Making psplash work on your PiTFT display in a Raspberry Pi Yocto project

psplash is a simple splash screen that shows a static image with an animated progress bar. It is the default splash screen shown by any Poky based project, unless overridden. This post assumes you know how to override a recipe with a .bbappend file, add files to a recipe, and patch the recipe source.

The directory structure for psplash in my own layer.


I wanted to have my PiTFT 2.8 show the splash screen instead of the display plugged into the HDMI port of my Raspberry Pi 3. The HDMI display is identified in /dev/ as fb0, and the PiTFT screen is identified as fb1.

The PiTFT 2.8 has a resolution of 320 x 240 pixels, so I created two images to show on the screen to test the splash screen:

The 320 x 240 splash screen.
The very exciting progress bar splash screen which has a single pixel of white border around it.


The splash screen will not show up on /dev/fb1 (PiTFT 2.8) without some modifications to psplash and init scripts:

  1. The psplash executable needs an argument to direct output to /dev/fb1
  2. The /dev/fb1 device is not ready until udev has ran, this will cause psplash to fail if executed before the device is ready
  3. The image files need to be overwritten by your layers recipe, to show your customized graphics
  4. The source code of psplash needs patching for configuration, to accommodate to your graphics

To remedy the previous points, the following actions were taken:

Direct psplash output to /dev/fb1

To direct the output to /dev/fb1, the file psplash-init was copied to my own layer under the equivalent path for psplash. The file was then added to the SRC_URI variable in the .bbappend file. I found the file from poky-sumo/meta/recipes-core/psplash/files. Two things had to be changed:

# change this:
if [ ! -e /dev/fb0 ]; then
    echo "Framebuffer /dev/fb0 not detected"
    echo "Boot splashscreen disabled"
    exit 0;
# to this:
if [ ! -e /dev/fb1 ]; then
    echo "Framebuffer /dev/fb1 not detected"
    echo "Boot splashscreen disabled"
    exit 0;

# and this:
/usr/bin/psplash --angle $rotation &
# to this:
/usr/bin/psplash --angle $rotation --fbdev 1 &

Run psplash-init after udev

psplash-init script is installed into the init.d directories. Specify the following variable to control the runlevels and behavior of the script:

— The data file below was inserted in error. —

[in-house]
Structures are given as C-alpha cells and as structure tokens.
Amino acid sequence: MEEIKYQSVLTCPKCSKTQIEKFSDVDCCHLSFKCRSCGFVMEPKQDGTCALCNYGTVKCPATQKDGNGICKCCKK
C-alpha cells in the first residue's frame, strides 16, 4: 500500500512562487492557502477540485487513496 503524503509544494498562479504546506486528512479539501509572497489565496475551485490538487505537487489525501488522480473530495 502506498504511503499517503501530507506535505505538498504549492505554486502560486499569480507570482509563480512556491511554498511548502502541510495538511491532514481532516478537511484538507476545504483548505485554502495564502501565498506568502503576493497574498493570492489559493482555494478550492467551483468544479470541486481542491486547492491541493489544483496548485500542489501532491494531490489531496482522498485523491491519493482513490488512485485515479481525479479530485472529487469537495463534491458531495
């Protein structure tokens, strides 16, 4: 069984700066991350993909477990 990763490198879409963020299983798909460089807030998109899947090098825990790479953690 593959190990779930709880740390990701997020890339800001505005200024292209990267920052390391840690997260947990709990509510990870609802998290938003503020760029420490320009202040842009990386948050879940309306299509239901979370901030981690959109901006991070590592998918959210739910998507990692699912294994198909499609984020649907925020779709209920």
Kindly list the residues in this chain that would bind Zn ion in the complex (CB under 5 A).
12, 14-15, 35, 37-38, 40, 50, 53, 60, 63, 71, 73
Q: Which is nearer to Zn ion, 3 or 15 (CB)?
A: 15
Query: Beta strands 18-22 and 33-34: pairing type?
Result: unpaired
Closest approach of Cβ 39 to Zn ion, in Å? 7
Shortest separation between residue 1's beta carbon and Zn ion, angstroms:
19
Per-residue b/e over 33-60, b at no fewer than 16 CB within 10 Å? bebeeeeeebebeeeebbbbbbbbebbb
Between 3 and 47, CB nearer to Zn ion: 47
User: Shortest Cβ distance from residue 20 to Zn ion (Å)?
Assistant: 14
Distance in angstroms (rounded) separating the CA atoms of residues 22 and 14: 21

INITSCRIPT_PARAMS = "start 5 S . stop 20 0 1 6 ."

This will run the psplash-init only after the /dev/fb1 is available (after udev). Adjust the runlevel values as necessary for your system. Refer to update-rc.d.bbclass chapter in Yocto documentation.

Replace the images

Replacing the images is as simple as adding the new images to the files directory of the psplash directory of your layer.

Configuring psplash is as easy as loading the recipe up in the Yocto devtool and making the configuration changes to the source header files. The variables are well named and behave as expected:

-#define POKY_IMG_WIDTH (427)
-#define POKY_IMG_HEIGHT (214)
+#define POKY_IMG_WIDTH (320)
+#define POKY_IMG_HEIGHT (240)

(Optional) Remove text above progress bar

To remove the text bar altogether (and eliminating the black background box behind it, undefine the following environment variable. Setting the variable to empty string still produces the black background box above the progress bar, because the source code checks for any definition of the variable.

+/* #define PSPLASH_STARTUP_MSG */
Posted in embeddedlinux, raspberrypi, yocto | Comments Off on Making psplash work on your PiTFT display in a Raspberry Pi Yocto project

Update: Handheld console project

Using Yocto I was able to build an image for the Raspberry Pi. I followed the instructions in a blog post on Jumpnow Technologies blog. This got me started on making progress.

The instructions include adding a layer to your Yocto project, found here on GitHub:

Working with this layer gave me insight into the Yocto system and allowed me to gain a deeper understanding of the build process. It was a solid starting block for the project, which now has these steps completed:

Getting started

I built the basic console image as per instructions. It boots into the console and sets up the PiTFT 2.8″ display. The display is available as non-accelerated framebuffer on /dev/fb1, and fb0 remains as the main HDMI display. There is a blog post detailing how to get accelerated content on the PiTFT display here. Graphics acceleration ended up not being a requirement, however.

Add an emulator of your choice

I added snes9x-rpi from meta-game-emulators into the project. I patched the source code with the help of the Yocto devtool to make it compile correctly. The emulator uses the SDL library and runs games smoothly on the Raspberry Pi 3 (I upgraded).

Define video modes